drugs, in part, limit the inflammatory cascade by inhibiting phospholipase A2. Consequently, they
reduce the formation of lipid-derived mediators from arachidonic acid, which prevents leukocyte
migration, hydrolytic enzyme release, fibroblast growth, and changes in vascular permeability.

Close follow-up with an ophthalmologist is required, due to vision threatening side effects of topical
glucocorticoids, such as glaucoma, cataracts, and secondary infections. Patients should know that
blindness is a risk of unsupervised topical corticosteroid therapy. Prednisolone acetate 1 percent
and dexamethasone 0.1 percent have the greatest risk of raising intraocular pressure (IOP) among all
topical corticosteroids. By comparison, "soft" steroids are a group of topical corticosteroids that have a
greatly reduced risk of causing increased IOP, because they undergo rapid inactivation upon
penetration of the cornea. Topical "soft" corticosteroids include prednisolone acetate 0.12
percent, fluorometholone, medrysone, loteprednol etabonate 0.5 or 0.2 percent, and rimexolone 1
percent.

A short-term, high-dose pulse regimen of topical corticosteroids is often necessary in patients with
VKC who fail to respond to two to three weeks of a dual acting antihistamine/mast cell stabilizer,
particularly those with significant seasonal exacerbations. In severe cases, prednisolone acetate 1
percent eight times daily for one week leads to significant symptom relief, and thereafter should be
tapered rapidly once control is gained [41]. In less severe cases, pulse therapy with topical "soft"
steroids on a two to four times per day basis for approximately two weeks is effective in gaining
control of the allergic response so that mast cell stabilizers, antihistamines, and artificial tears have a
greater chance to work [35,40]. Use of topical "soft" corticosteroids for greater than six weeks is
associated with a significantly increased risk of complications.

Allergy referral for immunotherapy Patients should be referred to an allergy specialist for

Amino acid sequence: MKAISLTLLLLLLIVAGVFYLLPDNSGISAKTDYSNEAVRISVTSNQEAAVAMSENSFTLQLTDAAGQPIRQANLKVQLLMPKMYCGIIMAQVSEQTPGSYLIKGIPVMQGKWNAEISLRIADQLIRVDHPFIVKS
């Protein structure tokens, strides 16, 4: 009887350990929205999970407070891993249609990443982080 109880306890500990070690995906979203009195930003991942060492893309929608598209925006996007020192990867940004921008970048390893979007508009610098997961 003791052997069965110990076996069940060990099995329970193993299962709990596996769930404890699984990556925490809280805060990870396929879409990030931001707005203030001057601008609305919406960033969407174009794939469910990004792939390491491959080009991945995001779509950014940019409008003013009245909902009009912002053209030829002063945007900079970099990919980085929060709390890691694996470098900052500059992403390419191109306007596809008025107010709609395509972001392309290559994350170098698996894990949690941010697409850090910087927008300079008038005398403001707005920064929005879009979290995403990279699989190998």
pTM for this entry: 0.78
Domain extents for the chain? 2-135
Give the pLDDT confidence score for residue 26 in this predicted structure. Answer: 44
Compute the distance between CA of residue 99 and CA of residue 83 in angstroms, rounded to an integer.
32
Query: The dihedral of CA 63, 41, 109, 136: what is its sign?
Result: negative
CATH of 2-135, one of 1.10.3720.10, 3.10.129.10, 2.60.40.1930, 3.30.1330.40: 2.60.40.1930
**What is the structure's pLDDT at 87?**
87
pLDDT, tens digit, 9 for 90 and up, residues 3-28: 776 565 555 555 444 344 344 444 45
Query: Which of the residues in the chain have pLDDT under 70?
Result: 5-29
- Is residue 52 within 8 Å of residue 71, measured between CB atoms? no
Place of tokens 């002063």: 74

consideration of allergen immunotherapy if control is not obtained with topical corticosteroids after two
to three weeks of therapy. (See "Subcutaneous immunotherapy for allergic disease: Indications and
efficacy".)

Calcineurin inhibitors The calcineurin inhibitors that are most commonly used in ocular allergy
include topical cyclosporine and tacrolimus and systemic cyclosporine. An important advantage of the
calcineurin inhibitors is that they do not cause the same side effects typically seen with
corticosteroids, such as an increase in intraocular pressure. Thus, these agents may be used long-
term.

Cyclosporine diminishes the effect of interleukin (IL)-2 on T cells, and leads to decreased expansion
of clonal T helper cells. It may also inhibit mast cell proliferation and survival. Cyclosporine reduces
collagen production and induces apoptosis of conjunctival fibroblasts from VKC
patients. Tacrolimus has similar mechanisms of action [42,43].

Topical cyclosporine 2 percent emulsion improved signs and symptoms of VKC in several randomized
trials [44,45] and observational studies [46-49]. Both randomized trials demonstrated a significant
improvement in symptoms (eg, itching, tearing, mucus discharge) and signs (papillary hypertrophy,
conjunctival hyperemia, Horner-Trantas dots) compared with placebo [44,45]. However, several
patients in one of the trials required a brief course of topical corticosteroids during the four month
study period [45].

In a small randomized trial, topical cyclosporine 0.05 percent was more effective than
topical ketotifen fumarate 0.025 percent in preventing seasonal flare ups in patients with inactive
disease at the start of therapy (seasonal recurrences occurred in 10 of 31 on cyclosporine versus 18
of 33 on ketotifen eye drops) [50]. However, previous observational studies of cyclosporine 0.05
percent have demonstrated variable results [51,52]. A 1 percent solution was effective in one
observational study [53].
Some investigators have advocated for more concentrated use of topical cyclosporine. Specifically,
topical cyclosporine 2 percent may provide excellent therapy in severe cases of VKC, and can be
used as a corticosteroid-sparing agent. However, topical cyclosporine is generally not chosen over
topical corticosteroids for acute exacerbations because of its much slower onset of action. In one
study, topical cyclosporine 0.1 percent was less effective than topical dexamethasone 0.15 percent for
acute flare ups, with less improvement in symptoms and signs and a greater number of patients
requiring rescue therapy with dexamethasone [50].

Topical cyclosporine is recommended rather than topical corticosteroids if the corneal epithelium is
compromised, particularly in the presence of shield ulcers. Dosing is four times per day initially,
followed by gradual tapering when the disease is quiet. The authors prefer the 2 percent
concentration. Long-term use of topical cyclosporine is considered safe, unlike chronic use of topical
corticosteroids, and only minimal amounts can be traced systemically. Efficacy of topical tacrolimus in